My problem with TLJ:
When I go to see a Marvel comic book hero movie, I don’t care how closely the story follows the comics or how faithfully the character is represented as long as it’s not jarring. This is because I don’t have a lot of emotions mixed up in any Marvel comics (or any comics for that matter) so I couldn’t care less. As long as I feel entertained, I’m fine.
When Superman broke Zod’s neck in MoS, I didn’t care. Supe isn’t that important to me, so if they wanted to “challenge expectations” then whatever, as long as it distracts me for a couple hours.
But with Star Wars, a franchise I’ve dumped a lot of money and time into with games (video, miniature, board, and card) and what not, spent a lot of time discussing the characters and having my imagination sparked and ignited over it all, I’ve got a lot of emotions permenanty welded to its universe and its characters. Even TFA got me to get invested emotionally in Rey and Kylo, wanting to know where’d they go.
But when someone takes a dump all over something I love, smears it everywhere and says, “we’re challenging expectations, and this is what you should like” and refuses to show it the respect I feel it deserves, I’m going to take issue with it. RJ basically shoved it all in a garbage bag, lit it on fire, and threw it out the window. (Including the stuff from TFA; I wonder how JJ feels about having the anticipation he worked hard to build being flushed down the toilet.)
I’m firmly convinced that the majority of repeat viewers are those who go to see SW the same way I go to see Marvel Comics movies: it doesn’t truly mean a lot to them, they just want something interesting for a couple of hours.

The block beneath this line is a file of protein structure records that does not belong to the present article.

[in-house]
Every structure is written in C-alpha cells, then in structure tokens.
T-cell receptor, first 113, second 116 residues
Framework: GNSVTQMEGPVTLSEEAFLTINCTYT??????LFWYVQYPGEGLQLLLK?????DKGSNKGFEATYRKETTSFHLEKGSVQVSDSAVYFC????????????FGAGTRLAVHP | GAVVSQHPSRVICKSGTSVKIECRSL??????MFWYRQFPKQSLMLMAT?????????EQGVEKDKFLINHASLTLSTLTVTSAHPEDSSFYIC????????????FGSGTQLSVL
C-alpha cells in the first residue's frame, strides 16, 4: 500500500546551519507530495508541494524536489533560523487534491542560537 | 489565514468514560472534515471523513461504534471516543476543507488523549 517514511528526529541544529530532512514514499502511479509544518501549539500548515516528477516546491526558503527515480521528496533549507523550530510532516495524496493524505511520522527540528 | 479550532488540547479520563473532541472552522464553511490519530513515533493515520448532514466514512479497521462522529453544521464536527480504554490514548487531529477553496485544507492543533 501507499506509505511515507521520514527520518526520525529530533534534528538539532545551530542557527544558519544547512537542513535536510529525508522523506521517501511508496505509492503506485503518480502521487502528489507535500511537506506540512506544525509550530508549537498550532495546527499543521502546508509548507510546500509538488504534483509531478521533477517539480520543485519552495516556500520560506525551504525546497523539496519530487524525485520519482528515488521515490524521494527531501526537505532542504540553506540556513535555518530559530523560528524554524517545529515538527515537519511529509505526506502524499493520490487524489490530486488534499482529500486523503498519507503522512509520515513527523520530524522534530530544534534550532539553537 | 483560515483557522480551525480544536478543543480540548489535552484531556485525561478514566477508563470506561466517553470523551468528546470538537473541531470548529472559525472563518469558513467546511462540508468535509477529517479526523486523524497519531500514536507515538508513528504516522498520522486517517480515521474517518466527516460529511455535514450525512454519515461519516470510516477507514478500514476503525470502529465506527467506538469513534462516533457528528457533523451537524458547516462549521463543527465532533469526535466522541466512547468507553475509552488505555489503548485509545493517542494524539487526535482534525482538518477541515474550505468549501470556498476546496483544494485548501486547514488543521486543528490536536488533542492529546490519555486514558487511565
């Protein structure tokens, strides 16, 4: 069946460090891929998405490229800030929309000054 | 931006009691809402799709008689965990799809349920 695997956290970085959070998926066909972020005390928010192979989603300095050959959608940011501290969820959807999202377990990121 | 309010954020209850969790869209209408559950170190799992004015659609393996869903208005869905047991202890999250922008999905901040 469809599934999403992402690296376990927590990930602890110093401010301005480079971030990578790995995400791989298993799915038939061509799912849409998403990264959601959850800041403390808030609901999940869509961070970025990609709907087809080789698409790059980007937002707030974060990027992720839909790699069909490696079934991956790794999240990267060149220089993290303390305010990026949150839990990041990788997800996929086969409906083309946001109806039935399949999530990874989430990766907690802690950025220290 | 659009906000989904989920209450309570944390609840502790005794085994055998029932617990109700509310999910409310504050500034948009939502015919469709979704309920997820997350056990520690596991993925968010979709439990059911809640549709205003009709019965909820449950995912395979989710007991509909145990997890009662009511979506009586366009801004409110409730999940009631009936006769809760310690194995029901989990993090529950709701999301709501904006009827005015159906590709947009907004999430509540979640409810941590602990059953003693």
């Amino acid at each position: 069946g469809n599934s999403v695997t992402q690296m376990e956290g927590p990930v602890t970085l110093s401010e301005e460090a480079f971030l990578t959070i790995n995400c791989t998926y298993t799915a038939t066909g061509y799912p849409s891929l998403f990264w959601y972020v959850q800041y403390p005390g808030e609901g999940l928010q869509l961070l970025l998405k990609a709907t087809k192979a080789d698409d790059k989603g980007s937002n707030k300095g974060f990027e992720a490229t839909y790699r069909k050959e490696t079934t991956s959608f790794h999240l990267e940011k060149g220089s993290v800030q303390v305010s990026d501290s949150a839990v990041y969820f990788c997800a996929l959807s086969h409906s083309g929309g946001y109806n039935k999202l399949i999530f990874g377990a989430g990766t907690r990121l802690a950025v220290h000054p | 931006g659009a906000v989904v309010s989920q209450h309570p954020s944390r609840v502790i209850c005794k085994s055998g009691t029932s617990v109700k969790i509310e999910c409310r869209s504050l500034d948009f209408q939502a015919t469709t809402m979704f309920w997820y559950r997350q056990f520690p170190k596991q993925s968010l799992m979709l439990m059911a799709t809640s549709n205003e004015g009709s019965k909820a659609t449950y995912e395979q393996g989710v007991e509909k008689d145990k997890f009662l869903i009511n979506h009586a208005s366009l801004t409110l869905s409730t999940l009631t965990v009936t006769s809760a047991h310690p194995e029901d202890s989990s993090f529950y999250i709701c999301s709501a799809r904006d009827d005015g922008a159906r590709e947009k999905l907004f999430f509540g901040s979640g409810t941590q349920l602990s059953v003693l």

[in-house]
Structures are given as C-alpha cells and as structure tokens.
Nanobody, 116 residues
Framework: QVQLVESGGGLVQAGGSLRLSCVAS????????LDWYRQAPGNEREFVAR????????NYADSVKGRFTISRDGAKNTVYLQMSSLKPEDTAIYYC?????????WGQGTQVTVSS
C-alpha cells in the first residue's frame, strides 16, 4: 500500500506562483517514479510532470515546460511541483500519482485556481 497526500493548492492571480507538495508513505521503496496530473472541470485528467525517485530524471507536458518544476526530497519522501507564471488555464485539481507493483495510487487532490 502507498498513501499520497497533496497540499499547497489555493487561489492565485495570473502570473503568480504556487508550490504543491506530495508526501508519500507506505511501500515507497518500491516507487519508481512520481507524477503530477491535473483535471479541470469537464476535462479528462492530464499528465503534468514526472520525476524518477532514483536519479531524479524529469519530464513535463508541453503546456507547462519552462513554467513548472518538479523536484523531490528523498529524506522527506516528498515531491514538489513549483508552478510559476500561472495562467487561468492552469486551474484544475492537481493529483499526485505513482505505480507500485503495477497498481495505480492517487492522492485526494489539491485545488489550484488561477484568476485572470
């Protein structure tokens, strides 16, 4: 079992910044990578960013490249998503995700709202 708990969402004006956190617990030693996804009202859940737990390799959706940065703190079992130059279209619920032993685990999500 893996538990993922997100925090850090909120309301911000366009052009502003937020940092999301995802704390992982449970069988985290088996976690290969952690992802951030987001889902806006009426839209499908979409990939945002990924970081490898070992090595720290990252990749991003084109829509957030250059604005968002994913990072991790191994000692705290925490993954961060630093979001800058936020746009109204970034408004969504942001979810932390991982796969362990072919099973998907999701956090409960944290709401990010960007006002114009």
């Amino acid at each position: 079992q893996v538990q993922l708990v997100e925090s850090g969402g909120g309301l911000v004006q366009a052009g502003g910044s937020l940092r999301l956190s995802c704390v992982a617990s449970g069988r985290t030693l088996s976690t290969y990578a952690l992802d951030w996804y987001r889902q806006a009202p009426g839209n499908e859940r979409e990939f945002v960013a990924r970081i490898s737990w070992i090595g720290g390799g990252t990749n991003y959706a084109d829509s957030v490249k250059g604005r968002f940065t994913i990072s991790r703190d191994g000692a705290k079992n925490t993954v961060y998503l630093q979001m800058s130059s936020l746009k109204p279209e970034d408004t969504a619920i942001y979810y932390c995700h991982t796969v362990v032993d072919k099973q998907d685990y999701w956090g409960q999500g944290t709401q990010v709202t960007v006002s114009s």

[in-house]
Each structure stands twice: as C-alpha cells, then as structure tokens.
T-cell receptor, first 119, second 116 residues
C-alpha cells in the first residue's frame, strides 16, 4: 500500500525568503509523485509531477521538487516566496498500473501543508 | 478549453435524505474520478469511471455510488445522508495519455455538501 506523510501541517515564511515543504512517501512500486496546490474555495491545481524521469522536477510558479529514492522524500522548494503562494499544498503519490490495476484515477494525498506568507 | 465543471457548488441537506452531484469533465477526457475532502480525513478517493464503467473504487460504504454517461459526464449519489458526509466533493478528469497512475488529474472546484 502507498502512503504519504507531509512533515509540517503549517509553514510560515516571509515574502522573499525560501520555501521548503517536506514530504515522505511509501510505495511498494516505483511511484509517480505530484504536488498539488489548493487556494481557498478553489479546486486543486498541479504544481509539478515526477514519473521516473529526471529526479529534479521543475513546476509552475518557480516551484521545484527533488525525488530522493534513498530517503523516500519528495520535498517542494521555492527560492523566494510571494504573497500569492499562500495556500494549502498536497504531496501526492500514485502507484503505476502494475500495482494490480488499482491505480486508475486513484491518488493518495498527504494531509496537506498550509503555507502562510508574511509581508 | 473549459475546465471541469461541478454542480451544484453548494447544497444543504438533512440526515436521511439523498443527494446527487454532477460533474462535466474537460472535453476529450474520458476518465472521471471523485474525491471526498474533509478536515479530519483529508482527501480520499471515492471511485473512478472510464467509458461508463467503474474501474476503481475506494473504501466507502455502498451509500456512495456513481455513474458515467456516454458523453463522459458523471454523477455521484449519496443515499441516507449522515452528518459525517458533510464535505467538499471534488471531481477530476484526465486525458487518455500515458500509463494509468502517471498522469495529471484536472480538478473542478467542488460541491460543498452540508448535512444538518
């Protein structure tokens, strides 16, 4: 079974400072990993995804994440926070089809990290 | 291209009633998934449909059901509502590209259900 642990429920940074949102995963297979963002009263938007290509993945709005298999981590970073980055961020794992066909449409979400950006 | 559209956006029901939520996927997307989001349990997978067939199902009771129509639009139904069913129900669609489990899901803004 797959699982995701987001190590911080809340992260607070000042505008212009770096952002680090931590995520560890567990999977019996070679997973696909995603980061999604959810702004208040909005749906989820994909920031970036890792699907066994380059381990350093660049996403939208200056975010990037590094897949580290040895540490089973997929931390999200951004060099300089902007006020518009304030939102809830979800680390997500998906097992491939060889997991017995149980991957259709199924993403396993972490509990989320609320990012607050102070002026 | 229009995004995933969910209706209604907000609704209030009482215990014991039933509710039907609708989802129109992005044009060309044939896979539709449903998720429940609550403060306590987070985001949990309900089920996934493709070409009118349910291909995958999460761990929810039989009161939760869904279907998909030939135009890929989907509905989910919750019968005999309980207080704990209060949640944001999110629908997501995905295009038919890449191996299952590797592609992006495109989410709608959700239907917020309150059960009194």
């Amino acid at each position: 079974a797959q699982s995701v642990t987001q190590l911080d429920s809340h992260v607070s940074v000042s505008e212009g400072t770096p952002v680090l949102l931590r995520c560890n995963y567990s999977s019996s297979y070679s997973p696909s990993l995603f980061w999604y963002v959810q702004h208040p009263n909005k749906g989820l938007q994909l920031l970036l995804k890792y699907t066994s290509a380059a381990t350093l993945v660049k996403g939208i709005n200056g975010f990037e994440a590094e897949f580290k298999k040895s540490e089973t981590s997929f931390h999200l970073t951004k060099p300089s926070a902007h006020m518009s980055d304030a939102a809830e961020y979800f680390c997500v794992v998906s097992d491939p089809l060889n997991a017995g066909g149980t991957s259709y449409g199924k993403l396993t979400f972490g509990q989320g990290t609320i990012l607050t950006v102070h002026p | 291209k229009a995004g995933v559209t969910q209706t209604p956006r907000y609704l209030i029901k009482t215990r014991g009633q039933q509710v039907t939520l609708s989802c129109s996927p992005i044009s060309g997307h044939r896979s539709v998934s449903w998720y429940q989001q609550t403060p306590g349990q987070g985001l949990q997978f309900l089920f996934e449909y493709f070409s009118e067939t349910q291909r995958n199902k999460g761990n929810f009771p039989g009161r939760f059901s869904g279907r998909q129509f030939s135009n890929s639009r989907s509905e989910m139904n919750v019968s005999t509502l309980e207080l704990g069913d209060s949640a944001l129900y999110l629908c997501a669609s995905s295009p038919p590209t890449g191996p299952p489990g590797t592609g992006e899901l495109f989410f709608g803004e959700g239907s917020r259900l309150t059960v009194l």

RJ didn’t have to show this much disdain for the OT. Luke tossing his old saber over his shoulder, and then Kylo/Rey snapping it in half, were all obviously meant to be symbolic of what RJ wanted to do with the OT. While we can’t live in the past forever (we certainly need to move the story forward), I really despise the way RJ/Disney did it in TLJ.
Changing an established personality into something fundamentally different is not “challenging expectations” it’s just sloppy, lazy writing. And keeping a character consistent is not “just wanting a rehash.” It’s entirely possible to show meaningful, powerful growth in someone while staying faithful to that character’s core.
Also, the ending. Hey Biggs! Gold Leader! Dak! Everyone who gave their lives for the Rebellion, who fought so hard at Yavin, Hoth, and Endor: it was all for nothing. The Rebellion is 20 people in the back of a freighter. That’s what you worked so hard for. What you died for. This is what it’s come to. None of the sacrfices you made brought any kind of meaningful difference for very long at all. You can thank Poe, Finn and Rose. In the long run, none of what you did really mattered.